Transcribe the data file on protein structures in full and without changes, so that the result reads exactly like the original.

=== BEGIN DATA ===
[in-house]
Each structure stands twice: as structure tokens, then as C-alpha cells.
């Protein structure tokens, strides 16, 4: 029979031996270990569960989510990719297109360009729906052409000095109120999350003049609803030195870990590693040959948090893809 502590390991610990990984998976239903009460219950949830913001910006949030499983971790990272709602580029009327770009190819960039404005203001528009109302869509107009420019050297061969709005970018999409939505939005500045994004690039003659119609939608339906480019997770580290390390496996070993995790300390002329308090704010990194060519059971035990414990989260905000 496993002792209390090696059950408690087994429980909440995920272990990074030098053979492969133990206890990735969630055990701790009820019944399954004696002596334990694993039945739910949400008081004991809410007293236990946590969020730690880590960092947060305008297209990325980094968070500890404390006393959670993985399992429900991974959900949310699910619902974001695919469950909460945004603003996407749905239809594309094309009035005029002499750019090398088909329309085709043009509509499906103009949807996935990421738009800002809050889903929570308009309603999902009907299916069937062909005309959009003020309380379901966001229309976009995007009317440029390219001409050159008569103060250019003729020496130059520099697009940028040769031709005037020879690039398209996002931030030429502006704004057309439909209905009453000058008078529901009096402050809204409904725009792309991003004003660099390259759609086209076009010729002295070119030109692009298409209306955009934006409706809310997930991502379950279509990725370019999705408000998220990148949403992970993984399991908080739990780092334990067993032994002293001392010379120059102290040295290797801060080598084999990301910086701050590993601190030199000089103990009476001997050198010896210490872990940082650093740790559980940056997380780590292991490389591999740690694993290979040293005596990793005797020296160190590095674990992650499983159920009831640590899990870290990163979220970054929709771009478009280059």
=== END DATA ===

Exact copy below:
[in-house]
Each structure stands twice: as structure tokens, then as C-alpha cells.
């Protein structure tokens, strides 16, 4: 029979031996270990569960989510990719297109360009729906052409000095109120999350003049609803030195870990590693040959948090893809 502590390991610990990984998976239903009460219950949830913001910006949030499983971790990272709602580029009327770009190819960039404005203001528009109302869509107009420019050297061969709005970018999409939505939005500045994004690039003659119609939608339906480019997770580290390390496996070993995790300390002329308090704010990194060519059971035990414990989260905000 496993002792209390090696059950408690087994429980909440995920272990990074030098053979492969133990206890990735969630055990701790009820019944399954004696002596334990694993039945739910949400008081004991809410007293236990946590969020730690880590960092947060305008297209990325980094968070500890404390006393959670993985399992429900991974959900949310699910619902974001695919469950909460945004603003996407749905239809594309094309009035005029002499750019090398088909329309085709043009509509499906103009949807996935990421738009800002809050889903929570308009309603999902009907299916069937062909005309959009003020309380379901966001229309976009995007009317440029390219001409050159008569103060250019003729020496130059520099697009940028040769031709005037020879690039398209996002931030030429502006704004057309439909209905009453000058008078529901009096402050809204409904725009792309991003004003660099390259759609086209076009010729002295070119030109692009298409209306955009934006409706809310997930991502379950279509990725370019999705408000998220990148949403992970993984399991908080739990780092334990067993032994002293001392010379120059102290040295290797801060080598084999990301910086701050590993601190030199000089103990009476001997050198010896210490872990940082650093740790559980940056997380780590292991490389591999740690694993290979040293005596990793005797020296160190590095674990992650499983159920009831640590899990870290990163979220970054929709771009478009280059």